School renovations delayed

When Superintendent of Schools Reginald Mayo spoke at the ribbon-cutting of the newly-renovated Augusta Lewis Troup School in September, he was brimming with enthusiasm for the city’s innovative school reconstruction efforts. To an audience of cheering Troup children, faculty and parents, Mayo declared: “What other superintendent in the country can boast of a $1.5 billion construction project?”

But four months later, the superintendent may have little more to boast about. Mayor John DeStefano Jr. announced last week that the renovation of Davis Street Interdistrict Magnet School will have to be delayed from its scheduled start in January 2009 to at least the summer of 2009. Davis School is the fourth New Haven school since October to have its scheduled renovation delayed or cancelled.

The Dwight School, which closed at the end of the 2007-’08 school year, is slated to be sold. The money will finance renovations of other city schools.
Murphy Temple
The Dwight School, which closed at the end of the 2007-’08 school year, is slated to be sold. The money will finance renovations of other city schools.

Reconstruction plans for Hill Central Elementary School and East Rock Global Magnet School have already been placed on the back burner.

And with each renovation postponement, chances are slimming that DeStefano’s Citywide School Construction Program will be completed by 2010, the target year for the fulfillment of the program.

School Construction Manager Susan Weisselberg said the school renovation delays are unfortunate but necessary in light of deficit-mitigating measures in both the city and state governments.

“We’re trying to be fiscally responsible while also looking out for welfare of the kids,” she said. “It’s a struggle and a challenge.”

In the September 2007 Comprehensive Facilities Plan Update report for the Citywide School Construction Program, the total cost of the Davis School renovation project was projected at $42 million. The report stated that Davis School was “inadequate” and “in very poor condition.”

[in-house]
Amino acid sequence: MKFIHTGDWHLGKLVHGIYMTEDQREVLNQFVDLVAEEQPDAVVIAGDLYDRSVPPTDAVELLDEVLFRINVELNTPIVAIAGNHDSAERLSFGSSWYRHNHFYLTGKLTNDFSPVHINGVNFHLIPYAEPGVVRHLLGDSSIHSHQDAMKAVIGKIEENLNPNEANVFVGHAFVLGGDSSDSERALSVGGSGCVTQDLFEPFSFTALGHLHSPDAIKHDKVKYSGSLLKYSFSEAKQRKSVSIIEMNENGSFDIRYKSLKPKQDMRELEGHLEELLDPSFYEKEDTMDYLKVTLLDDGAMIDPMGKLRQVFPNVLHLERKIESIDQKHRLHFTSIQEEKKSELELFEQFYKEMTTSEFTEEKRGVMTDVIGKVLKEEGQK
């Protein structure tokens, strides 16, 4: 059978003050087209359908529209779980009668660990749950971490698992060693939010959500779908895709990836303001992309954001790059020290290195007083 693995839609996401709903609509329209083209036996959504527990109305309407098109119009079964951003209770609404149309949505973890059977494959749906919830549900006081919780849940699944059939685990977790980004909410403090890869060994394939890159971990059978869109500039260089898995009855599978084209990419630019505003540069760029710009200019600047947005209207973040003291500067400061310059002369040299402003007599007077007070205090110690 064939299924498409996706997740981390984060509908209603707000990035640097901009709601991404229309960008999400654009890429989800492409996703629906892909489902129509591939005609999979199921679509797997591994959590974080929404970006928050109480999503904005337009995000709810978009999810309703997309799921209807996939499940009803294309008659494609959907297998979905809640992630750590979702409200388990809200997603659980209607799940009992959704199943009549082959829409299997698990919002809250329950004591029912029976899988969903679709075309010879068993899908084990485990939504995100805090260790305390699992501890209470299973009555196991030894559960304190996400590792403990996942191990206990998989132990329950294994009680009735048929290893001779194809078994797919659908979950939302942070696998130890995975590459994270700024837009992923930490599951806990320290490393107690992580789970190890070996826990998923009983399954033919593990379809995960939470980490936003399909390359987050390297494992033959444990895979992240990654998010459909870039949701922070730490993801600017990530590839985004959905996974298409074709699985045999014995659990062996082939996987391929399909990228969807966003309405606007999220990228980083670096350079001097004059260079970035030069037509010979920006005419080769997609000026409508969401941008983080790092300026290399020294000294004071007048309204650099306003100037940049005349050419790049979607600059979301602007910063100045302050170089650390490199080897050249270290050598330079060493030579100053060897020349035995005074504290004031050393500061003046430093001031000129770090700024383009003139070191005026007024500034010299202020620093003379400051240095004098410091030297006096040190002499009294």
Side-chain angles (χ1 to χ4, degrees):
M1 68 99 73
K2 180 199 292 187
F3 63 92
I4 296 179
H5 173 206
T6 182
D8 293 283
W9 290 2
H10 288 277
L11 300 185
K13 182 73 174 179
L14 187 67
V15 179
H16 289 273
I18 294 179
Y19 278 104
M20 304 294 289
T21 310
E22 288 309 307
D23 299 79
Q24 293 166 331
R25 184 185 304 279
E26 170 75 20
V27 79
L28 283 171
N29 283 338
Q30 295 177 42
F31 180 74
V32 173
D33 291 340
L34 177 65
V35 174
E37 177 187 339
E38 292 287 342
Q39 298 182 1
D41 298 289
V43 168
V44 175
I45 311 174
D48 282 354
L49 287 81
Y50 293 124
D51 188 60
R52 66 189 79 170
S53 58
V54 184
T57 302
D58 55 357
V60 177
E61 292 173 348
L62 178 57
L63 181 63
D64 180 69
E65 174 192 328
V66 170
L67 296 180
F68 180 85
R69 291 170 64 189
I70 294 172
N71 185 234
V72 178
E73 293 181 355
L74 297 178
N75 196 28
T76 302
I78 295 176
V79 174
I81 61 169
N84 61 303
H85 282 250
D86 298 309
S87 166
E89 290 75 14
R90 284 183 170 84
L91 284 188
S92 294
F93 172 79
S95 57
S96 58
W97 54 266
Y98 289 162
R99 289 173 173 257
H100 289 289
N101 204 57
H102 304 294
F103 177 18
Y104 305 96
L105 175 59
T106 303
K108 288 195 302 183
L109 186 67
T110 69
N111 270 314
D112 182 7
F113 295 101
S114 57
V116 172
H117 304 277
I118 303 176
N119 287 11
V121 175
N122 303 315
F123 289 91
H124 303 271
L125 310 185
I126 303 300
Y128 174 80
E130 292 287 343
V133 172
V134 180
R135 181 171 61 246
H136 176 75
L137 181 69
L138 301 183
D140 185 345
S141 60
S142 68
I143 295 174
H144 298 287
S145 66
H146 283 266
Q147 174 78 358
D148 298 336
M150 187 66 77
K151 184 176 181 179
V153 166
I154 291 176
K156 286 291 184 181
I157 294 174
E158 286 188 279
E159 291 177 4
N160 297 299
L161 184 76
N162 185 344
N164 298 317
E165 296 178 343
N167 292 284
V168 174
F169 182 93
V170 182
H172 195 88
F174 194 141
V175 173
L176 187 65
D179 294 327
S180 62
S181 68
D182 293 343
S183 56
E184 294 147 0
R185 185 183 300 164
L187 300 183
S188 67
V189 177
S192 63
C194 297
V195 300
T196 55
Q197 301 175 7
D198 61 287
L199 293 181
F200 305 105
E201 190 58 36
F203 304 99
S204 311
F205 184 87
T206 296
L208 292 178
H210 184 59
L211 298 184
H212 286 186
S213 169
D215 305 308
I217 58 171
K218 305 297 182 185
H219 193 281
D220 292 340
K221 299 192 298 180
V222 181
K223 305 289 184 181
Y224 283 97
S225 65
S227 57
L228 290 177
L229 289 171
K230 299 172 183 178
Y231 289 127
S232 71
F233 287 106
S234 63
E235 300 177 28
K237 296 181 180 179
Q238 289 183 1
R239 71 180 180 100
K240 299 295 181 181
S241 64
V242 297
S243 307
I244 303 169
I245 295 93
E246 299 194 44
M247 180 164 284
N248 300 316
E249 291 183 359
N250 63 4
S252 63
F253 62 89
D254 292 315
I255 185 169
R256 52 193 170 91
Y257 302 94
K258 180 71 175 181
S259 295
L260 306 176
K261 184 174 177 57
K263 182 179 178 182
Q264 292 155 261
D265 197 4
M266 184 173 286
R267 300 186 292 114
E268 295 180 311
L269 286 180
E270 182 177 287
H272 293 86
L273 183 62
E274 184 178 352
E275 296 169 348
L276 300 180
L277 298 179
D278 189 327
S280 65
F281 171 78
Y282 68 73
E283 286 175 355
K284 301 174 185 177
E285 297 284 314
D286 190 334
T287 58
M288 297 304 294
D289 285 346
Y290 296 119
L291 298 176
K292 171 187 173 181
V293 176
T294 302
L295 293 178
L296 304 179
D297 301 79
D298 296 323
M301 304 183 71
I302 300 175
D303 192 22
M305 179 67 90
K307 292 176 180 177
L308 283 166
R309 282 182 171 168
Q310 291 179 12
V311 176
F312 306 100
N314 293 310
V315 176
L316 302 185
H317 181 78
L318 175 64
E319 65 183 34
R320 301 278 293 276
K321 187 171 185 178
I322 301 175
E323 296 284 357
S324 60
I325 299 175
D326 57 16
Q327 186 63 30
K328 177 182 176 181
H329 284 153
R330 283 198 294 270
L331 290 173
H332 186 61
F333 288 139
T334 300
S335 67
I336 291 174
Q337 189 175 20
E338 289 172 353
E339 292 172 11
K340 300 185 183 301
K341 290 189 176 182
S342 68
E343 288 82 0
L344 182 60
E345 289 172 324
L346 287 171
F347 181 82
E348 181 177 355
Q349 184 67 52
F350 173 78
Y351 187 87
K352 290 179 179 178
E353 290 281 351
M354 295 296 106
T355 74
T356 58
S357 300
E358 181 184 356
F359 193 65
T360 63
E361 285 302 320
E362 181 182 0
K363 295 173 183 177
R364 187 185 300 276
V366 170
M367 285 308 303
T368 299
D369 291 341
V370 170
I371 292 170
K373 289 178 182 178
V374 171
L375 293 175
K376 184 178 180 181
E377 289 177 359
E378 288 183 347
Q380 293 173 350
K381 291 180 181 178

Ward 4 Alderwoman Andrea Jackson-Brooks, the chair of the aldermanic education committee, said she was disappointed to learn that the Davis School renovation would be delayed, but she said she understood that there was no other alternative to the postponement. Jackson-Brooks said she does not know whether more renovation delays will follow the Davis School’s, and she maintained that the state and city governments have made no promises when it comes to further funding cuts.

“Both the governor and the mayor have pretty much said that anything and everything is on the table,” Jackson-Brooks said.

In addition to the postponement of Davis School’s renovation, DeStefano also announced that the property of Timothy Dwight School on Edgewood Avenue will be put up for sale, with its proceeds helping to pay for the completion of the other school renovation projects. Dwight School was closed at the end of last school year; its students and teachers were sent to the newly renovated Troup School at the beginning of this school year.

In October, DeStefano announced that the same strategy would be implemented at Vincent E. Mauro Interdistrict Magnet School — the building would be closed, and students and faculty would be diverted to Sheridan Communications and Technology Magnet Middle School.

“We shouldn’t deceive ourselves of how it’s going to be,” DeStefano said at the Oct. 22 press conference, referring to the school closings and other budget cutback measures he planned for the city. “It’s going to be difficult.”

City officials were forced to decide between selling the property of Dwight School or Mauro School, but ultimately decided to keep the Mauro School building because it is 20 years younger and has three more classrooms than Dwight School, Weisselberg said. Mauro School will be used each year as a swing space for students enrolled in another school undergoing renovation.

Weisselberg said the need to conserve budget funds may also lead to other cutbacks in the public schools. Specifically, Weisselberg predicted that literacy coaches and paraprofessionals hired to provide extra assistance and tutoring in elementary school classrooms may have to be terminated as a result of decreased state funding for local reading initiatives. Some schools have already been forced to cut back on their number of administrators, Weisselberg said.

In addition to Dwight, Hill Central and East Rock Schools, three other schools are slated to be reconstructed by 2010.

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